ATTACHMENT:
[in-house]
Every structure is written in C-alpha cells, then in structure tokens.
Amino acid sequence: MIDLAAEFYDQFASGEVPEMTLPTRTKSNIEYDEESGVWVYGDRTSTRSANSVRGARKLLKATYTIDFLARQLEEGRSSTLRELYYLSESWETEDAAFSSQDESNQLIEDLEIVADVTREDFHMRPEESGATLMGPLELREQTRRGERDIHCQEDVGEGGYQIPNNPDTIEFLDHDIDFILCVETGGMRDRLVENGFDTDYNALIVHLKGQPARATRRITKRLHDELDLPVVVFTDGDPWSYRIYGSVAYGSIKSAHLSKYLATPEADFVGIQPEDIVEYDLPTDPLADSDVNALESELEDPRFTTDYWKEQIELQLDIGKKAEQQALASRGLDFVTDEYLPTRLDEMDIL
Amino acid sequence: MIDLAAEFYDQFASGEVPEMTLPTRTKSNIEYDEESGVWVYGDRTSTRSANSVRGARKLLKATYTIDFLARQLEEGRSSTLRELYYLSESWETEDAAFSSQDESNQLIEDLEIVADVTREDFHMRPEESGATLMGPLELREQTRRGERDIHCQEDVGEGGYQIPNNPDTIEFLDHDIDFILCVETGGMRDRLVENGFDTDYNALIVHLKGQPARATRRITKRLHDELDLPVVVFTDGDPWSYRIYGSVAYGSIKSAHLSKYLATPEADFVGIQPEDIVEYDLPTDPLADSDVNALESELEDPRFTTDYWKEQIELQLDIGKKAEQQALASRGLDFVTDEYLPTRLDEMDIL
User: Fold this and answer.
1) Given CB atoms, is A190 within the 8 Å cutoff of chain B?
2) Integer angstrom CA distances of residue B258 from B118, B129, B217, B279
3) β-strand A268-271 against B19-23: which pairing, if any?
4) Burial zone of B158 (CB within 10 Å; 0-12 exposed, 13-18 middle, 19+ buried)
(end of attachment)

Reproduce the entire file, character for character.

[in-house]
Every structure is written in C-alpha cells, then in structure tokens.
Amino acid sequence: MIDLAAEFYDQFASGEVPEMTLPTRTKSNIEYDEESGVWVYGDRTSTRSANSVRGARKLLKATYTIDFLARQLEEGRSSTLRELYYLSESWETEDAAFSSQDESNQLIEDLEIVADVTREDFHMRPEESGATLMGPLELREQTRRGERDIHCQEDVGEGGYQIPNNPDTIEFLDHDIDFILCVETGGMRDRLVENGFDTDYNALIVHLKGQPARATRRITKRLHDELDLPVVVFTDGDPWSYRIYGSVAYGSIKSAHLSKYLATPEADFVGIQPEDIVEYDLPTDPLADSDVNALESELEDPRFTTDYWKEQIELQLDIGKKAEQQALASRGLDFVTDEYLPTRLDEMDIL
Amino acid sequence: MIDLAAEFYDQFASGEVPEMTLPTRTKSNIEYDEESGVWVYGDRTSTRSANSVRGARKLLKATYTIDFLARQLEEGRSSTLRELYYLSESWETEDAAFSSQDESNQLIEDLEIVADVTREDFHMRPEESGATLMGPLELREQTRRGERDIHCQEDVGEGGYQIPNNPDTIEFLDHDIDFILCVETGGMRDRLVENGFDTDYNALIVHLKGQPARATRRITKRLHDELDLPVVVFTDGDPWSYRIYGSVAYGSIKSAHLSKYLATPEADFVGIQPEDIVEYDLPTDPLADSDVNALESELEDPRFTTDYWKEQIELQLDIGKKAEQQALASRGLDFVTDEYLPTRLDEMDIL
User: Fold this and answer.
1) Given CB atoms, is A190 within the 8 Å cutoff of chain B?
2) Integer angstrom CA distances of residue B258 from B118, B129, B217, B279
3) β-strand A268-271 against B19-23: which pairing, if any?
4) Burial zone of B158 (CB within 10 Å; 0-12 exposed, 13-18 middle, 19+ buried)